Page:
Questionnaires aimed at pigeon fanciers were conducted to obtain information on the numbers of racing pigeons owned, races entered, pigeons lost per year, observed raptor attacks, locations of raptor attacks, and the main reasons for losses (Supplementary Material). Questions regarding opinions towards raptors were also asked. Questionnaires were available online (Bristol Online Surveys 2016) from 15 February 2016 to 09 May 2016, at which point responses declined considerably. Questionnaires were also printed in 'Racing Pigeon Magazine' and 'British Homing World': two leading pigeon racing publications in the UK.


The Royal Pigeon Racing Association (RPRA) runs ‘Hawkwatch’ (, which allows members of the public to report raptor attacks on racing pigeons. Reports include geographical location, date and raptor species. As most attacks involved peregrines or sparrowhawks, analyses were restricted to these species. Hawkwatch data were obtained from attacks witnessed between 13 March 2012 (when reporting began) and 9 May 2016 (the end of the questionnaire). These were used to calculate (1) the percentage of attacks by peregrines and sparrowhawks and (2) the percentage of attacks during different months of the year.

Statistical analyses

Ordinal regression models were undertaken to test the effects of (1) the number of races entered per year and (2) the number of racing pigeons owned, on the number of racing pigeons lost per year (1–5, 6–10, 11–20, > 20; 0 category was omitted due to a low sample size), where ‘number of pigeons lost’ was fitted as the reponse variable and ‘number of races entered per year’ and ‘number of racing pigeons owned’ were fitted as explanatory variables. Statistical analyses were conducted in Minitab (version 18.1).


Frequency of racing pigeon losses

A total of 665 people responded to the questionnaire. The return rate varied regionally, with the highest response rate from England (63.91%), followed by Scotland (20.60%), Wales (7.22%), the Republic of Ireland (3.01%) and Northern Ireland (2.56%). The remaining respondents were from countries other than those in the UK and Ireland (1.65%) or chose not to answer (1.05%).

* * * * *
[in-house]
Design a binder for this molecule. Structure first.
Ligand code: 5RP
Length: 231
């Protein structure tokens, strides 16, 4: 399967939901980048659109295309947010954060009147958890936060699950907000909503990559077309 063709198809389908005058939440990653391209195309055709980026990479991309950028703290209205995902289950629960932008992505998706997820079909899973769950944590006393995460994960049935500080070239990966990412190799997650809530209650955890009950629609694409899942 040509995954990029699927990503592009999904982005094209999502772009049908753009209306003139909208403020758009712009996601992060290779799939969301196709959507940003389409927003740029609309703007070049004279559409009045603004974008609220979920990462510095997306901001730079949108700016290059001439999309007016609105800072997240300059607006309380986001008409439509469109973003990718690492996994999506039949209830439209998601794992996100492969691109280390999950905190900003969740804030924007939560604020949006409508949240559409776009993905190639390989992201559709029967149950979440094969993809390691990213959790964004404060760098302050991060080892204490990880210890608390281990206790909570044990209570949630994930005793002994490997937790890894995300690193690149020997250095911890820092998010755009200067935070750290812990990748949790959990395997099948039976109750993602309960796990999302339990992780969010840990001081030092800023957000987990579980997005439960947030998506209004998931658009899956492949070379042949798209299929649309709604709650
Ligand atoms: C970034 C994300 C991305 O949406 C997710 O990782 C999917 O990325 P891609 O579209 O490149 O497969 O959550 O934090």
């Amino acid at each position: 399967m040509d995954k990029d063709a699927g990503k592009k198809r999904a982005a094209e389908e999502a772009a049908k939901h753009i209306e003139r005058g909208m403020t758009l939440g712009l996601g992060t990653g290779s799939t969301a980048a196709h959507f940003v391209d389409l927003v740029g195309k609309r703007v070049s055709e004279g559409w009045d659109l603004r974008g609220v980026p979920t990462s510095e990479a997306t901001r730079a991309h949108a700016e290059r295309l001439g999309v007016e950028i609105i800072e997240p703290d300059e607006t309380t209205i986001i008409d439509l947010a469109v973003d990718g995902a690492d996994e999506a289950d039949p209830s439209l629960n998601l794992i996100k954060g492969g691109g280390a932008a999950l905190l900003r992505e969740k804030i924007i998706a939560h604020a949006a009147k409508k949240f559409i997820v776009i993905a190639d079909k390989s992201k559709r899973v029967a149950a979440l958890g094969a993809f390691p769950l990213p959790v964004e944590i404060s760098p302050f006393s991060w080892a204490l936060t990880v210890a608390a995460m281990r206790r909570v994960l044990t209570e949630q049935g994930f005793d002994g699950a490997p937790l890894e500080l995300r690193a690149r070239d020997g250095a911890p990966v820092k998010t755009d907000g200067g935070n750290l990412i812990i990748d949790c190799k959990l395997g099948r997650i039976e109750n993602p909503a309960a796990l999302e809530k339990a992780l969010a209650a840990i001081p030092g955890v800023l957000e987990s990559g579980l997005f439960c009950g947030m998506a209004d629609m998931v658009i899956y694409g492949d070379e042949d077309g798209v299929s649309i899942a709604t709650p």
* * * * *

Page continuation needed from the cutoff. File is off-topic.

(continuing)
A mean of 78.25 (±1SE 1.75) pigeons were kept per loft, and 18.66 (±1SE 0.33) races were entered per year. Just under half of the respondents lost over 20 pigeons per year (the highest pigeon loss category; Table 1), irrespective of cause. There were significant correlations between both the number of races entered and the number of pigeons owned, on the number of pigeons lost per year (Z(567) =  −8.17, p < 0.001; Z(566) =  −7.70, p < 0.001, respectively), where more races entered and more pigeons owned were associated with a higher number of losses. In addition, the percentage of pigeons lost in relation to the mean number of pigeons owned was greater with more pigeons owned (Table 1). However, greater losses at larger lofts may not be due to raptors alone, as those who believed disease as the main cause of loss kept an average of 118 birds, 40 more than lofts where raptors were cited as the main cause of loss.

Table 1 Number of racing pigeons lost (reasons undetermined) per year in relation to the number owned and races entered

Location of raptor attacks

The majority of respondents (98%) correctly identified a peregrine and 76% correctly identified a sparrowhawk in a picture shown.

Respondents were asked if they had ever witnessed an attack by a peregrine or sparrowhawk in different situations; 72% and 98% of respondents observed an attack at the loft by peregrines or sparrowhawks, respectively. Sixty percent of attacks witnessed and reported on Hawkwatch (n = 1049) took place at lofts; of these attacks 35% were by peregrines and 65% by sparrowhawks.

Findings from the questionnaire indicated that attacks were also observed during training (74% observed peregines; 37% observed sparrowhawks) or during a race (30% observed peregines; 13% observed sparrowhawks).

Timing of raptor attacks

Hawkwatch data revealed that the percentage of peregrine attacks (n = 222) increased from January to April, peaking in June. Attacks then decreased rapidly and were minimal between September and December (Fig. 1). The percentage of sparrowhawk attacks (n = 405) was minimal from May to December, and throughout most of the racing season (April–September). Attacks increased in January, peaking in March and April, before declining in May (Fig. 1).

Fig. 1
figure 1

Percentage of attacks on racing pigeons witnessed at lofts by peregrines (n = 222) and sparrowhawks (n = 405) from March 2012 to May 2016. Grey shading represents the pigeon racing season

Attitudes towards raptors